Scott Neuman

Scott Neuman is a reporter and editor, working mainly on breaking news for NPR's digital and radio platforms.

He brings to NPR years of experience as a journalist at a variety of news organizations based all over the world. He came to NPR from The Associated Press in Bangkok, Thailand, where he worked as an editor on the news agency's Asia Desk. Prior to that, Neuman worked in Hong Kong with The Wall Street Journal, where among other things he reported extensively from Pakistan in the wake of the Sept. 11, 2001, terrorist attacks. He also spent time with the AP in New York, and in India as a bureau chief for United Press International.

A native Hoosier, Neuman's roots in public radio (and the Midwest) run deep. He started his career at member station WBNI in Fort Wayne, and worked later in Illinois for WNIU/WNIJ in DeKalb/Rockford and WILL in Champaign-Urbana.

Neuman is a graduate of Purdue University. He lives with his wife, Noi, on the Chesapeake Bay in Maryland.

A day after U.S. Immigration and Customs Enforcement officers arrested nearly 700 people in sweeping raids at several food-processing plants in Mississippi, officials said Thursday that nearly half of those detained had already been released.

Updated at 11:20 a.m. ET

Kyrgyz police detained former President Almazbek Atambayev on Thursday after an earlier arrest attempt in which security forces were forced back by a hail of bullets from political supporters barricaded inside his rural home near the capital, Bishkek.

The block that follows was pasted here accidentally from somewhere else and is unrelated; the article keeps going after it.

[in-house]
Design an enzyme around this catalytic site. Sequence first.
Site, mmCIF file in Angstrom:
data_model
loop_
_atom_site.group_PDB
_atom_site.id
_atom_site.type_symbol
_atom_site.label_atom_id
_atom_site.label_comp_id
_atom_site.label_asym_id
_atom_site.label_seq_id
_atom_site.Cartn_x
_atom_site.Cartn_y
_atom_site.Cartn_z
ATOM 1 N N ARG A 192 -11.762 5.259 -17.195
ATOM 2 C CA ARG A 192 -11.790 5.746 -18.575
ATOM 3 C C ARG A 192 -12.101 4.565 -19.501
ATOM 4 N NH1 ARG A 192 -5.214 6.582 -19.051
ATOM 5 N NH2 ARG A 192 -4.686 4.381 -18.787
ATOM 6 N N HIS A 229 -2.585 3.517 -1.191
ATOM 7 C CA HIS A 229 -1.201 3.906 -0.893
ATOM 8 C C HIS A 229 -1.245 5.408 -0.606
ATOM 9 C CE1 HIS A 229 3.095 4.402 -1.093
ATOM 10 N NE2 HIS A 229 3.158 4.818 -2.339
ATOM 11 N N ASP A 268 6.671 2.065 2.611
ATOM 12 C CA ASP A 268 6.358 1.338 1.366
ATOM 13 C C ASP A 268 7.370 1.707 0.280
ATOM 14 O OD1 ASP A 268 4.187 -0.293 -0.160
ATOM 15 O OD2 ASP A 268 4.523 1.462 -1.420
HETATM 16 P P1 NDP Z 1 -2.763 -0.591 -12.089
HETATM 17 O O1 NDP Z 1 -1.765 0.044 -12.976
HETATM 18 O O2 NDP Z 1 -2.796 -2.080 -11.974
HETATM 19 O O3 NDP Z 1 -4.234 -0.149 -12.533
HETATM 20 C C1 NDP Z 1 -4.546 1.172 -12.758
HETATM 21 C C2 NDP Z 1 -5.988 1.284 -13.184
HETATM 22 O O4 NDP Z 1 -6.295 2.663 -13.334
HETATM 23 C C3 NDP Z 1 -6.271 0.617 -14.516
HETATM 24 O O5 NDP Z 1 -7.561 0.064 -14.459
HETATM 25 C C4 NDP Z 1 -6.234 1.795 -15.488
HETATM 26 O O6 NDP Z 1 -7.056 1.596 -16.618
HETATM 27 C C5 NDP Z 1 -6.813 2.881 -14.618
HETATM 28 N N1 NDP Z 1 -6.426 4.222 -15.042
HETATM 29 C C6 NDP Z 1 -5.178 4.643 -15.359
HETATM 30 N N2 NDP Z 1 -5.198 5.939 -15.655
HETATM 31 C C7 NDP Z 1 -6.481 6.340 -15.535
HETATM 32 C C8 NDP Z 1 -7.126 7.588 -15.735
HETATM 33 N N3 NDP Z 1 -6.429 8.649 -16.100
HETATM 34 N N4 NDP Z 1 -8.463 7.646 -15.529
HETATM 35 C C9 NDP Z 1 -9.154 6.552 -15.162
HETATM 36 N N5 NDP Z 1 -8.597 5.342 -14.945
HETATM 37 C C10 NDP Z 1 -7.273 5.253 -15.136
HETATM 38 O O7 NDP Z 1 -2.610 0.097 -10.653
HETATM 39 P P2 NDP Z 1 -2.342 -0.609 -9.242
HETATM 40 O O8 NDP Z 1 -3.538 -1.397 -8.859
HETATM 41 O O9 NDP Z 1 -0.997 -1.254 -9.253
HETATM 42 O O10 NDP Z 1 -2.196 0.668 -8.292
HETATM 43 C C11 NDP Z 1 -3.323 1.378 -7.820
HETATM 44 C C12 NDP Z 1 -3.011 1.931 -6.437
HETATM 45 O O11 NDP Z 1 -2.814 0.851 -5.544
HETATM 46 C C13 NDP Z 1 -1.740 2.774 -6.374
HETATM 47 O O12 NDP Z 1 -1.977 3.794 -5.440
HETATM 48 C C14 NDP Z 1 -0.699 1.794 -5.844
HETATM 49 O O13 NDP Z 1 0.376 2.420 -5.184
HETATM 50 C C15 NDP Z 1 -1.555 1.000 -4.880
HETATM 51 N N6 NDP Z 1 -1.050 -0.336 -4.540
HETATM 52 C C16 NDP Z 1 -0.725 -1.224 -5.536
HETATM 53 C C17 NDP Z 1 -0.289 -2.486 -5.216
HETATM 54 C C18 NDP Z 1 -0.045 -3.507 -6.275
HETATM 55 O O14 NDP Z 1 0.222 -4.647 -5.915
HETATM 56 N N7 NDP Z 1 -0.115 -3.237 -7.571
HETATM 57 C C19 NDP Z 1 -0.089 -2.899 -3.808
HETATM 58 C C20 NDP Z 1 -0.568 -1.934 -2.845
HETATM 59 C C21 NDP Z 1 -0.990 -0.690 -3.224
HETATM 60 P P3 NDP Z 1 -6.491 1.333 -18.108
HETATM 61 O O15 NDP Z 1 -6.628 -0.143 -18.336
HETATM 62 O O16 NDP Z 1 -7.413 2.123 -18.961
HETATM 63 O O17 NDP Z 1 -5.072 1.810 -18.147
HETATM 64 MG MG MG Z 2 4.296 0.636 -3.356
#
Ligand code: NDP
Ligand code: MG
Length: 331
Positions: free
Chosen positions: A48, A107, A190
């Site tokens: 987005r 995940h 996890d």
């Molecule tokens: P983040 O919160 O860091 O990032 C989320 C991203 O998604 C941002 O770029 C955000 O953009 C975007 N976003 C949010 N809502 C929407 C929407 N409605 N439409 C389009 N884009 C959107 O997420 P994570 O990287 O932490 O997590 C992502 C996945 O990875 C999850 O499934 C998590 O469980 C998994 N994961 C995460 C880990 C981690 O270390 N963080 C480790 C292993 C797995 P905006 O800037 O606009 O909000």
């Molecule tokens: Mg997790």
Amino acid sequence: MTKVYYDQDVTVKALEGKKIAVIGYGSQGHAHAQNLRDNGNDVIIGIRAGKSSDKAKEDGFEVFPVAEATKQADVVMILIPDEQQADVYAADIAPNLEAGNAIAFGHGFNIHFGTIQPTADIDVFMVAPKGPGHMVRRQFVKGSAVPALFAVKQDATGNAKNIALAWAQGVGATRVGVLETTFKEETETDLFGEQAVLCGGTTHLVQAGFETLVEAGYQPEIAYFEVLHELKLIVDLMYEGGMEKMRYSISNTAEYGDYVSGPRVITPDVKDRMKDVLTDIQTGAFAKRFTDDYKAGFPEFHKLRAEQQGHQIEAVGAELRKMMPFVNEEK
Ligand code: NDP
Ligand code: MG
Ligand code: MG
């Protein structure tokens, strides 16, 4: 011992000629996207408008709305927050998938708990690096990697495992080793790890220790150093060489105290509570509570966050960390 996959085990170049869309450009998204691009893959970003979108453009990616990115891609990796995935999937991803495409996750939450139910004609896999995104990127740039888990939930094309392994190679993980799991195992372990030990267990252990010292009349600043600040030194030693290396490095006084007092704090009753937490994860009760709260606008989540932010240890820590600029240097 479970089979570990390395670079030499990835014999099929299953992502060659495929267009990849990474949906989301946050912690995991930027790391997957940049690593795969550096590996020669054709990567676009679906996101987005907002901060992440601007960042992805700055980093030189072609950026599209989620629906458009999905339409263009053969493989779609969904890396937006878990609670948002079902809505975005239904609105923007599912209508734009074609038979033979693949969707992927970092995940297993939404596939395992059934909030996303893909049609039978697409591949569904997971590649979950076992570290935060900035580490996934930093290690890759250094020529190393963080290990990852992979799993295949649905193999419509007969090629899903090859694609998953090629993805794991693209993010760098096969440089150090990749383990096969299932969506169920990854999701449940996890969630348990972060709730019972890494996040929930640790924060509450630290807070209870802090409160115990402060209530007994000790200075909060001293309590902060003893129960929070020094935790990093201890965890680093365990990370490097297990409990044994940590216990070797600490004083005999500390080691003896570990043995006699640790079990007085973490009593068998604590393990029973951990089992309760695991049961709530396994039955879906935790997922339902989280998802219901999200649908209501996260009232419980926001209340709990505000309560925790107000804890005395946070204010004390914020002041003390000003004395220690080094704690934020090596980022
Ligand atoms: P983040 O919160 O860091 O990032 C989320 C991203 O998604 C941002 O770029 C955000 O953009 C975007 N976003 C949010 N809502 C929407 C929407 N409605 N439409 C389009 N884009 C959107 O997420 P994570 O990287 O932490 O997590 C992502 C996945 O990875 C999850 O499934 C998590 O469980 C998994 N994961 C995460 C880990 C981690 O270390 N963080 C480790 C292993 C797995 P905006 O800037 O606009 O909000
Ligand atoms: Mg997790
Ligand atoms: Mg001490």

Japan's foreign ministry is cautioning its citizens residing in the United States to be alert to "the potential for gunfire incidents" after a spate of mass shootings in recent days.

The concern came as at least two other nations – Uruguay and Venezuela — issued travel warnings for the U.S. in the wake of shootings in Gilroy, Calif.; Dayton, Ohio; and El Paso, Texas, in which a total of nearly three dozen people were killed.

Updated at 9:35 a.m. ET

Pakistan's prime minister warned that a move by India to strip Kashmir of its special status could lead to war between the two countries and the "ethnic cleansing" of Muslims in the restive Himalayan region.

Imran Khan cited a suicide attack in February that killed at least 40 Indian security forces in Indian-controlled Kashmir and was followed by airstrikes and a dogfight between Indian and Pakistani pilots.

Amid weeks of mass anti-government demonstrations in Hong Kong that have frequently turned violent, Beijing on Tuesday issued a stark warning to protesters: "those who play with fire will perish by it."

The remarks, at a news conference in Beijing, were made by Yang Guang, a spokesman for the Hong Kong and Macau Affairs Office of the State Council.

He said China has "tremendous power" to put down the protests and warned that anyone who engages in "violence and crimes ... will be held accountable."

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